By Michael Goldstein
By Dennis Romero
By Sarah Fenske
By Matthew Mullins
By Patrick Range McDonald
By LA Weekly
By Dennis Romero
By Simone Wilson
|Illustrations by Juan Alvarado|
“Difficile est saturam non scribere,” declared Juvenal, the great scourge of Roman corruption: “It is difficult not to write satire.”
The task has gotten no easier in today’s America, where political reality often seems like a joke cooked up by The Daily Show. Back in March, Justice Antonin Scalia, the intellectual Torquemada of Supreme Court conservatives, went to Cleveland to accept the local City Club’s “Citadel of Free Speech Award.” Demonstrating his love for the First Amendment, he banned broadcast media from his speech and refused to answer any questions from reporters.
But the previous day at John Carroll University, Scalia had let it all hang out. “The Constitution just sets minimums,” he declared with unnerving bluntness. “Most of the rights you enjoy go way beyond what the Constitution requires.”
The Bush administration evidently agrees, for ever since 9/11, it has been rolling back civil liberties that most of us take for granted. The most obvious example is 2001’s preposterously acronymed USA PATRIOT Act (as in Uniting and Strengthening America by Providing Appropriate Tools Required To Intercept and Obstruct Terrorism). This hastily thrown-together bill was passed 96-1 by a Senate whose members didn’t have time to scan its highly detailed 342 pages, let alone ponder its niceties. Flouting numerous principles of constitutional law, the act gave the federal government unprecedented new power to secretly round up suspects, hold them indefinitely without charge and snoop into people’s private lives (phone calls, credit-card bills, library records) by invoking national security in a special closed court. ‰
Bad as it was, the PATRIOT Act didn’t turn America into a police state. Howard Dean isn’t under house arrest; the Dixie Chicks haven’t been “disappeared”; I don’t write these words in fear that I’ll be arrested and put in a cell with Andrew Luster (“Whatever you do, don’t fall asleep!”). Of course, things would have been much worse had John Ashcroft been allowed to run as wild as he desired. Indeed, one fascinating detail to emerge from Steven Brill’s massive, breathtakingly anal After: How America Confronted the September 12 Era is that the attorney general’s initial proposals were so nakedly repressive that they shocked Republican congressmen and the White House, neither of which he’d bothered to consult as he laid waste to the Constitution. Even they thought he sounded like a witch-finder general.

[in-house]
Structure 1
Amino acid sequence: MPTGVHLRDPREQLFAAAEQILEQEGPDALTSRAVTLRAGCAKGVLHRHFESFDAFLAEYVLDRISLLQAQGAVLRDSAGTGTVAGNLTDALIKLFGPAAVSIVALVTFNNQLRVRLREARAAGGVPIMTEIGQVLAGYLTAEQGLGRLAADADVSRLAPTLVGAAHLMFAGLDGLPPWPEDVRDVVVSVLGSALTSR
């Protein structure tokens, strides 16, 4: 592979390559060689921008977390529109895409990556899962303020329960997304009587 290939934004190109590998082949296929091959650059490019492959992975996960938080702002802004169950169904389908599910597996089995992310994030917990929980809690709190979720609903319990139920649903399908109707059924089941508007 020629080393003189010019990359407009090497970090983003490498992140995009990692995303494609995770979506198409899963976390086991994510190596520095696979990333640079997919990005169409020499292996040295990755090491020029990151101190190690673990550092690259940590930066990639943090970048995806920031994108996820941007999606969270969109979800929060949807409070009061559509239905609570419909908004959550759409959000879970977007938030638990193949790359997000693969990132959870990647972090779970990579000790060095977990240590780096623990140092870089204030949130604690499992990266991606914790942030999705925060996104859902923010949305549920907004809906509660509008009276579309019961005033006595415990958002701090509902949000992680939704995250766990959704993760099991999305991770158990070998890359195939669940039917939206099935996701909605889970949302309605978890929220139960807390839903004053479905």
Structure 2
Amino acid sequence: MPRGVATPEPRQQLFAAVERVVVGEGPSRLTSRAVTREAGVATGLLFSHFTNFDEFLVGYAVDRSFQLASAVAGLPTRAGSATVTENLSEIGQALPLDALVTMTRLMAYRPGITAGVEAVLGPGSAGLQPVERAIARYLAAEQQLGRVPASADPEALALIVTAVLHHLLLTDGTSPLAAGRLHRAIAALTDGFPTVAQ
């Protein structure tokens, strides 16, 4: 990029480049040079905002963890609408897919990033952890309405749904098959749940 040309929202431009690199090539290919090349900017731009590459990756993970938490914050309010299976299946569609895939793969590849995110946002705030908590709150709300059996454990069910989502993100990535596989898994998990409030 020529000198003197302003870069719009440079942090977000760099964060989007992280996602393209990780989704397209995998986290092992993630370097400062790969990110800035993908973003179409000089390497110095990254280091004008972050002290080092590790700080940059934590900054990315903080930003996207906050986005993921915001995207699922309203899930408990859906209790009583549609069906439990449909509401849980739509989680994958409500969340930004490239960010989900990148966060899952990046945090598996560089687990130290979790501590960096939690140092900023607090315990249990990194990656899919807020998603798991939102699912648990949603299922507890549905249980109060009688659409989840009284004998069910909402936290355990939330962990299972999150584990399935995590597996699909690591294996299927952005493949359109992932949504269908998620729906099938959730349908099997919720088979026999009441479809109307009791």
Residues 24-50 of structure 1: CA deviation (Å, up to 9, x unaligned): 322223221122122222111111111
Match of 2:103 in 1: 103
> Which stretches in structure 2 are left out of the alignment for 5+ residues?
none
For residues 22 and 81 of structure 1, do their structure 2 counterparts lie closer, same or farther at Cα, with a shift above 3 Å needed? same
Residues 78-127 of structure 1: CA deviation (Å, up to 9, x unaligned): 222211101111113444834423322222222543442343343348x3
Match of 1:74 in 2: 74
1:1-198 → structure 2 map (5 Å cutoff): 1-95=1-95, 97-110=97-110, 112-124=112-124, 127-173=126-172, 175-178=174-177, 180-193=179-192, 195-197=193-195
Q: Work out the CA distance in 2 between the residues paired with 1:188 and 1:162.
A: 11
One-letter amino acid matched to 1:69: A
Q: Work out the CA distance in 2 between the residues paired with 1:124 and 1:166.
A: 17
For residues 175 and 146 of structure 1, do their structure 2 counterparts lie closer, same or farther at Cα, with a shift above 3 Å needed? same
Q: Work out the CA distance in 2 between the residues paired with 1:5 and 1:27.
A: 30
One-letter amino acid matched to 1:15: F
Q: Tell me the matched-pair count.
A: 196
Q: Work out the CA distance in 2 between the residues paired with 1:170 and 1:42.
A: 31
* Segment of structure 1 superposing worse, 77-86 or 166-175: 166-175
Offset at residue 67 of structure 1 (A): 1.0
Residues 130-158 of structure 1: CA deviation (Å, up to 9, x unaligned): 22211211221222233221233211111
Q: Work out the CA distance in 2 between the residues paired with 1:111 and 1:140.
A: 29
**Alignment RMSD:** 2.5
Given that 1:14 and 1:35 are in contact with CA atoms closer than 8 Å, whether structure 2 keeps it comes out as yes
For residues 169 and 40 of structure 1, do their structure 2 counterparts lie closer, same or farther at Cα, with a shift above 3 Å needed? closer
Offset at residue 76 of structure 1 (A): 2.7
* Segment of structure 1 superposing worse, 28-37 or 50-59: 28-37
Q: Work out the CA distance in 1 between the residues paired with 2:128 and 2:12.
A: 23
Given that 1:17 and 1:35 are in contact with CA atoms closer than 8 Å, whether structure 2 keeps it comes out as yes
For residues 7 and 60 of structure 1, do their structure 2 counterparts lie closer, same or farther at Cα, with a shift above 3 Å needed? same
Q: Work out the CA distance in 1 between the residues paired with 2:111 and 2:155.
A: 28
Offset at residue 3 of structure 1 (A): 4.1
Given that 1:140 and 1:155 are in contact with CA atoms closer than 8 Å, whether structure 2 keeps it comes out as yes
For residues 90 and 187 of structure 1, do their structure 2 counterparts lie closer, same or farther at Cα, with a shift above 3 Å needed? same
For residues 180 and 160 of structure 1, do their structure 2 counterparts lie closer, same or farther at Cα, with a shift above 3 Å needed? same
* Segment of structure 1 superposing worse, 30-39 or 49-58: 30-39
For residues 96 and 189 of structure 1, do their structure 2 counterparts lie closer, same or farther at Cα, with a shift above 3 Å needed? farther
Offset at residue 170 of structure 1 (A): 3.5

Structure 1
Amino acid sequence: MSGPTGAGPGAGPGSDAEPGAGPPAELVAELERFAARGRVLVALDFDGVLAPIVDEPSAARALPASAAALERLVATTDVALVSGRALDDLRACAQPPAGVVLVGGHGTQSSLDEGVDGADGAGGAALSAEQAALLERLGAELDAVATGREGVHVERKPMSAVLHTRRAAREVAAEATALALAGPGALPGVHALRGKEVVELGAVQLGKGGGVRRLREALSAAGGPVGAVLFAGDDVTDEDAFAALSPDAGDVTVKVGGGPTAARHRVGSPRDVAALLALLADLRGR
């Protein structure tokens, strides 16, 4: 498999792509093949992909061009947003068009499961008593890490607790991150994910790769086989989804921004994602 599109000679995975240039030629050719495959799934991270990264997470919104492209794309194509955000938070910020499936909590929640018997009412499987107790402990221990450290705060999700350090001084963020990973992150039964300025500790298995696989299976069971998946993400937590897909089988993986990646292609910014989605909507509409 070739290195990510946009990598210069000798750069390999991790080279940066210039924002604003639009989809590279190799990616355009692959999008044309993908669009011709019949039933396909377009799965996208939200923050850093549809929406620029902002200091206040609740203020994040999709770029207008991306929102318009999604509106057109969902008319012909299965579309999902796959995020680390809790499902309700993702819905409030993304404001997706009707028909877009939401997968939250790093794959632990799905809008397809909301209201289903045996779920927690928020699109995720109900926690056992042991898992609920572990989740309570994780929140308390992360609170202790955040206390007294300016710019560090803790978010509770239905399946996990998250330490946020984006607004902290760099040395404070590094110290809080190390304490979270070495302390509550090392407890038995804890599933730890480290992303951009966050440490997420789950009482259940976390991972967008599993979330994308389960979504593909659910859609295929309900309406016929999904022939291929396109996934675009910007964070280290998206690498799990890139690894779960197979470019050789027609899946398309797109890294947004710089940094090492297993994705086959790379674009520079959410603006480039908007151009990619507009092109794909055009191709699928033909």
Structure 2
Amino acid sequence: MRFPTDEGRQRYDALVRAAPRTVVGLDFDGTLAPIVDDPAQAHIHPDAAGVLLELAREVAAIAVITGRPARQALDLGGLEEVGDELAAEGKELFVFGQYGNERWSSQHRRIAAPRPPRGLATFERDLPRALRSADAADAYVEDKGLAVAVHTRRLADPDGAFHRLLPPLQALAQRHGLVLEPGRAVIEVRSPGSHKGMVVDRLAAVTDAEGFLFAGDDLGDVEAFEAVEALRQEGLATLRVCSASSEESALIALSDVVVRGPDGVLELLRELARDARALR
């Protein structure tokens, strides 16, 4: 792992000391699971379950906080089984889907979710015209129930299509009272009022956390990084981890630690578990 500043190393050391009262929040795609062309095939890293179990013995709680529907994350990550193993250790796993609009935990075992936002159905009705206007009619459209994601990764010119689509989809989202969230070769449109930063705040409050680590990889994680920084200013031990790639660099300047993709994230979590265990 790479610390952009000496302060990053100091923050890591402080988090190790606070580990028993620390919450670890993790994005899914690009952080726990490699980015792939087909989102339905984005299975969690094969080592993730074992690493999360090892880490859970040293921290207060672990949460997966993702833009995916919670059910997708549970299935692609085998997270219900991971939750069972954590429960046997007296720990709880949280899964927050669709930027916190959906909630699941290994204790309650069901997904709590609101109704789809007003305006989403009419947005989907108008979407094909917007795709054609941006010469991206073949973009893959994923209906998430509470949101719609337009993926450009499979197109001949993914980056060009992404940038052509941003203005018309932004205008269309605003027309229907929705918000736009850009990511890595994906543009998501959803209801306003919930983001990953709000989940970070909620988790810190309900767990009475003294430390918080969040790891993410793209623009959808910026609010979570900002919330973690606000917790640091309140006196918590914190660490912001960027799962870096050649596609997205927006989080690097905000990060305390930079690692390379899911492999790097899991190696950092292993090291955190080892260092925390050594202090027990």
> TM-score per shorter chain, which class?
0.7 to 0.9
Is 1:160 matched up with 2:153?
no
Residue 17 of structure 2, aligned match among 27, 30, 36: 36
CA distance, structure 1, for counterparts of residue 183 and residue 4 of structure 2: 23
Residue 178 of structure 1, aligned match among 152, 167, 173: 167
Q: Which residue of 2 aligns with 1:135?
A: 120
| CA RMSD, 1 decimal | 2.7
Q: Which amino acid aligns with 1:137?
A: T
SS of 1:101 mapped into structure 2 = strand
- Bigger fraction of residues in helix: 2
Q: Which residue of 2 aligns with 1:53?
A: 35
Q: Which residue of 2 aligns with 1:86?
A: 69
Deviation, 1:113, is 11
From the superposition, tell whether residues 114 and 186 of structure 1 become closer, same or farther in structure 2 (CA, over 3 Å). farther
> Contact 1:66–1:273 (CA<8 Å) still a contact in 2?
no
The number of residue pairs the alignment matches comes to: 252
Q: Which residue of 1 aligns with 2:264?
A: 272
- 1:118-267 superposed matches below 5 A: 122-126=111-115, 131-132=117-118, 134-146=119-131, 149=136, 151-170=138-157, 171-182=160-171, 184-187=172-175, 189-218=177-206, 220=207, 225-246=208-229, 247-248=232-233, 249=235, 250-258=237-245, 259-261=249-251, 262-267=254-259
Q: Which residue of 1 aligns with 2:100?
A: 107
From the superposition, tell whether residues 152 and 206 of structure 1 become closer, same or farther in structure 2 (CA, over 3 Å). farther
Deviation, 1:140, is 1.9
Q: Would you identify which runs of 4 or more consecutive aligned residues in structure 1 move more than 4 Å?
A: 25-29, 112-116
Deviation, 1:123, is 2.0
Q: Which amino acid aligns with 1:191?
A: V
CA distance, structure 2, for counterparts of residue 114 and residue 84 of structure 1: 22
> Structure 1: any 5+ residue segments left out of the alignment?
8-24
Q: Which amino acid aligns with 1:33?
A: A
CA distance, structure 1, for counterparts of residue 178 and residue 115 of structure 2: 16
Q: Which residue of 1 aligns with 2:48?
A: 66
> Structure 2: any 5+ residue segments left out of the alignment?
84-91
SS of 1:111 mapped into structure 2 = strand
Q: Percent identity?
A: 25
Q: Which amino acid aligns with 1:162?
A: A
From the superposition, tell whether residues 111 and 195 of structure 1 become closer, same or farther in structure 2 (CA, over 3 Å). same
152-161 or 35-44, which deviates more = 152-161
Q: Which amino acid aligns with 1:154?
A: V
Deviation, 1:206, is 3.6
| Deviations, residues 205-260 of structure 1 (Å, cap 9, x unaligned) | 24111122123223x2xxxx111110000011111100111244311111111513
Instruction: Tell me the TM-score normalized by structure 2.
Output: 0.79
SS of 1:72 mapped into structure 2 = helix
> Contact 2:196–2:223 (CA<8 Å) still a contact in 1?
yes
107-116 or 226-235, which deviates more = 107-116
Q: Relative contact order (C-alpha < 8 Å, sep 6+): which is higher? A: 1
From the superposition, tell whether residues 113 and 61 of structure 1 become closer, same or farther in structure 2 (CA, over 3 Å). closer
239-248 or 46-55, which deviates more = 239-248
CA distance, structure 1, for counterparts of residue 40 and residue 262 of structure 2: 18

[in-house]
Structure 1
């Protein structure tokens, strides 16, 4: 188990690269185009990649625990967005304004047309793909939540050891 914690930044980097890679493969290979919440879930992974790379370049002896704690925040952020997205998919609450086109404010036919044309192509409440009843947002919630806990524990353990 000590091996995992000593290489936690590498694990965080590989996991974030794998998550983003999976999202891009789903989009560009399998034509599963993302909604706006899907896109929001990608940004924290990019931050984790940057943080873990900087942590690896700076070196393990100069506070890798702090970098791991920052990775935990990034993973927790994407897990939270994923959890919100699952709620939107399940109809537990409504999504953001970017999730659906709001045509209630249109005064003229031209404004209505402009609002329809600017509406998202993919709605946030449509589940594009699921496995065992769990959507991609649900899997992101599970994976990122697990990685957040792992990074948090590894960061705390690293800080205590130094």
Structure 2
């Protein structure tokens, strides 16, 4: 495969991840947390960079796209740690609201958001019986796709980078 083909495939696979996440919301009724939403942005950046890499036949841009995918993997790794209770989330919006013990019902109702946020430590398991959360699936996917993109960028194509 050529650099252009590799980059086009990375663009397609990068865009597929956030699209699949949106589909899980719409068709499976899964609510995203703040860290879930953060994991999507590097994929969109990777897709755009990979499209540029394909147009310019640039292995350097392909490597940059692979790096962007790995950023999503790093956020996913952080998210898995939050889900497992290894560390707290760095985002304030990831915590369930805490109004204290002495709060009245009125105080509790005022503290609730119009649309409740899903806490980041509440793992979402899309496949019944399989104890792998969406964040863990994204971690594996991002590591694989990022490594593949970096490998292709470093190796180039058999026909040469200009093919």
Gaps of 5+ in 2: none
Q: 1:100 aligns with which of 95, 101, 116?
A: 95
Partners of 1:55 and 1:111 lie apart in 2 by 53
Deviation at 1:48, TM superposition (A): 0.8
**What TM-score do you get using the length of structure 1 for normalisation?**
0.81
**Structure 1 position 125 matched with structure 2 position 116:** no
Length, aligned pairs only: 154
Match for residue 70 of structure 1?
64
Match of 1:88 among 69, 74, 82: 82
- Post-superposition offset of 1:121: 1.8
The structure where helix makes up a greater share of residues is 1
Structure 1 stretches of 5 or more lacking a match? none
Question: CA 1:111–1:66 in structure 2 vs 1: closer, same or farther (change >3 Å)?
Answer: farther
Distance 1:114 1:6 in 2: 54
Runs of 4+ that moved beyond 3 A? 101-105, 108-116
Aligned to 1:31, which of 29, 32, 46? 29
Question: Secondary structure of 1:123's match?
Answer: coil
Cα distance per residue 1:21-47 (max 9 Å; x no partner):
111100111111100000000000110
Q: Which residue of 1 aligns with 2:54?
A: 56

If most Americans don’t yet view the PATRIOT Act as an assault on our common rights, this is largely because its worst provisions have barely touched them or the people they know. The real target has been Muslim noncitizens, hundreds of whom have been locked up at inordinate length — unnamed, uncharged and sometimes physically abused — for the sort of run-of-the-mill immigration violations that I myself have committed in other countries that somehow managed not to jail me with no legal recourse. And things are every bit as dire at the Guantánamo Bay base, where, virtually the whole world agrees, the U.S. government’s treatment of Taliban and al Qaeda prisoners (some of them children) is in clear violation of the Geneva Accords.
Although less disgraceful than World War II internment camps, such rough justice is so un-American as to be shocking. Yet it comes as little surprise that it has prompted scant outcry from elected officials, the mass media or the population at large. For starters, it takes courage to oppose restrictions on freedom after a traumatic terror attack, which is why vaunted liberal politicians quickly hopped aboard the PATRIOT Act juggernaut (“Hello, Senator Kerry.” “Hi, Hillary.”) and New York Times Constitution-hugger William Safire didn’t start bashing Ashcroft until almost two months after the legislative damage had been done. But there’s a deeper attitude at work here, too. As Michael Kinsley recently noted in Slate, Americans have become blasé about the liberty that some of those imprisoned noncitizens risked everything to get. “After 230 years,” he observed wryly, “we don’t need to love freedom in order to have it.” Most of us — as Kinsley admitted of himself with disarming honesty — don’t bother to do the homework about the state of our constitutional protections.
Well, it’s time to get started. For even as the White House fights hard to protect its own “right” not to tell us things that might prove embarrassing — it has blocked public release of the 800-page congressional report on 9/11 and refused to reveal the workings of Dick Cheney’s secret energy task force — our own freedoms are being whittled away.
• In March, the Senate passed the Partial-Birth Abortion Ban Act, which will be ratified by the House this summer and signed into law by President Bush. This marks another step in the slow dismantling of abortion rights, a process that could suddenly kick into high gear if Bush is able to appoint a new Supreme Court justice to replace Sandra Day O’Connor.
• On May 27, the Rehnquist court gutted the 1966 Mirandadecision designed to assure suspects’ rights against self-incrimination. It accepted the Bush administration’s chilling argument that “police can hold people in custody and force them to talk, so long as their incriminating statements are not used to prosecute them.” In this particular case, the court ruled that police were justified in interrogating Oliverio Martinez, who’d just been shot five times, once in the face, and was shrieking for help even as they grilled him.
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